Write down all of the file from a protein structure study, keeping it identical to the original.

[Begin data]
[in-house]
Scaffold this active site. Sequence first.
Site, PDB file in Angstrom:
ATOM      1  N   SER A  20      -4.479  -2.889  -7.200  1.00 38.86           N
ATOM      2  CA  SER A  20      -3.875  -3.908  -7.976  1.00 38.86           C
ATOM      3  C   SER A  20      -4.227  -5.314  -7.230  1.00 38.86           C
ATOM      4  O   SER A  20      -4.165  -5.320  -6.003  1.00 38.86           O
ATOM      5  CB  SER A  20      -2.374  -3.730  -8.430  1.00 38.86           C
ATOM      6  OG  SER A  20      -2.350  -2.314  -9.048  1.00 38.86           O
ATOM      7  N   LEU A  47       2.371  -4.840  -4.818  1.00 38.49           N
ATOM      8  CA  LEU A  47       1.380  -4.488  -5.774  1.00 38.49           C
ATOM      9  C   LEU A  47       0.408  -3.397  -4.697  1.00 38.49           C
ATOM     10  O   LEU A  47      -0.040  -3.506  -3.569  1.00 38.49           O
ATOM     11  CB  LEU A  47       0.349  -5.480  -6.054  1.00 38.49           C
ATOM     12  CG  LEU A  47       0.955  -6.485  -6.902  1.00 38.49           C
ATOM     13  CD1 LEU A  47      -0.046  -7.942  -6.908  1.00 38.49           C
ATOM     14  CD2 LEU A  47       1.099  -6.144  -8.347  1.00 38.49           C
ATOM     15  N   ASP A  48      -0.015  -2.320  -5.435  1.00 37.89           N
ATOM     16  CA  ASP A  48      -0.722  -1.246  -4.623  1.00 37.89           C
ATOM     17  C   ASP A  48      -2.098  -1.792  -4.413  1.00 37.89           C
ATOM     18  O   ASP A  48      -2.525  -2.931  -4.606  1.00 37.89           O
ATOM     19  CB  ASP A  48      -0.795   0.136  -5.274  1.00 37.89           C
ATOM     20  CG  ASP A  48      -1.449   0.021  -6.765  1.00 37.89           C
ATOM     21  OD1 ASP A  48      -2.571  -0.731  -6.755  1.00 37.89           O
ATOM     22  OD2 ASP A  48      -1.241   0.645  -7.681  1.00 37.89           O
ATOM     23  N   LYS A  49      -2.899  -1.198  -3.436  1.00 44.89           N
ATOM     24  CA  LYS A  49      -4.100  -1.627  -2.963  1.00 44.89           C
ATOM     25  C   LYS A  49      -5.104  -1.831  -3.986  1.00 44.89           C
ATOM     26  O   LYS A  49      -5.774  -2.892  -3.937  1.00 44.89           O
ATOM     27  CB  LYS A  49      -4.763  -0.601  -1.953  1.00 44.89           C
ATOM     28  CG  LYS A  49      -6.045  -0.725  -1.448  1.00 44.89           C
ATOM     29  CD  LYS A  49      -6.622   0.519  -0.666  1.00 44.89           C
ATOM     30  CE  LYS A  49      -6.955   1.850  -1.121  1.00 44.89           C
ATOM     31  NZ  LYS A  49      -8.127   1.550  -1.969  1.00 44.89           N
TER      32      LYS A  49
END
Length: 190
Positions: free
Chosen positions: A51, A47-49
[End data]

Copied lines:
[in-house]
Scaffold this active site. Sequence first.
Site, PDB file in Angstrom:
ATOM      1  N   SER A  20      -4.479  -2.889  -7.200  1.00 38.86           N
ATOM      2  CA  SER A  20      -3.875  -3.908  -7.976  1.00 38.86           C
ATOM      3  C   SER A  20      -4.227  -5.314  -7.230  1.00 38.86           C
ATOM      4  O   SER A  20      -4.165  -5.320  -6.003  1.00 38.86           O
ATOM      5  CB  SER A  20      -2.374  -3.730  -8.430  1.00 38.86           C
ATOM      6  OG  SER A  20      -2.350  -2.314  -9.048  1.00 38.86           O
ATOM      7  N   LEU A  47       2.371  -4.840  -4.818  1.00 38.49           N
ATOM      8  CA  LEU A  47       1.380  -4.488  -5.774  1.00 38.49           C
ATOM      9  C   LEU A  47       0.408  -3.397  -4.697  1.00 38.49           C
ATOM     10  O   LEU A  47      -0.040  -3.506  -3.569  1.00 38.49           O
ATOM     11  CB  LEU A  47       0.349  -5.480  -6.054  1.00 38.49           C
ATOM     12  CG  LEU A  47       0.955  -6.485  -6.902  1.00 38.49           C
ATOM     13  CD1 LEU A  47      -0.046  -7.942  -6.908  1.00 38.49           C
ATOM     14  CD2 LEU A  47       1.099  -6.144  -8.347  1.00 38.49           C
ATOM     15  N   ASP A  48      -0.015  -2.320  -5.435  1.00 37.89           N
ATOM     16  CA  ASP A  48      -0.722  -1.246  -4.623  1.00 37.89           C
ATOM     17  C   ASP A  48      -2.098  -1.792  -4.413  1.00 37.89           C
ATOM     18  O   ASP A  48      -2.525  -2.931  -4.606  1.00 37.89           O
ATOM     19  CB  ASP A  48      -0.795   0.136  -5.274  1.00 37.89           C
ATOM     20  CG  ASP A  48      -1.449   0.021  -6.765  1.00 37.89           C
ATOM     21  OD1 ASP A  48      -2.571  -0.731  -6.755  1.00 37.89           O
ATOM     22  OD2 ASP A  48      -1.241   0.645  -7.681  1.00 37.89           O
ATOM     23  N   LYS A  49      -2.899  -1.198  -3.436  1.00 44.89           N
ATOM     24  CA  LYS A  49      -4.100  -1.627  -2.963  1.00 44.89           C
ATOM     25  C   LYS A  49      -5.104  -1.831  -3.986  1.00 44.89           C
ATOM     26  O   LYS A  49      -5.774  -2.892  -3.937  1.00 44.89           O
ATOM     27  CB  LYS A  49      -4.763  -0.601  -1.953  1.00 44.89           C
ATOM     28  CG  LYS A  49      -6.045  -0.725  -1.448  1.00 44.89           C
ATOM     29  CD  LYS A  49      -6.622   0.519  -0.666  1.00 44.89           C
ATOM     30  CE  LYS A  49      -6.955   1.850  -1.121  1.00 44.89           C
ATOM     31  NZ  LYS A  49      -8.127   1.550  -1.969  1.00 44.89           N
TER      32      LYS A  49
END
Length: 190
Positions: free
Chosen positions: A51, A47-49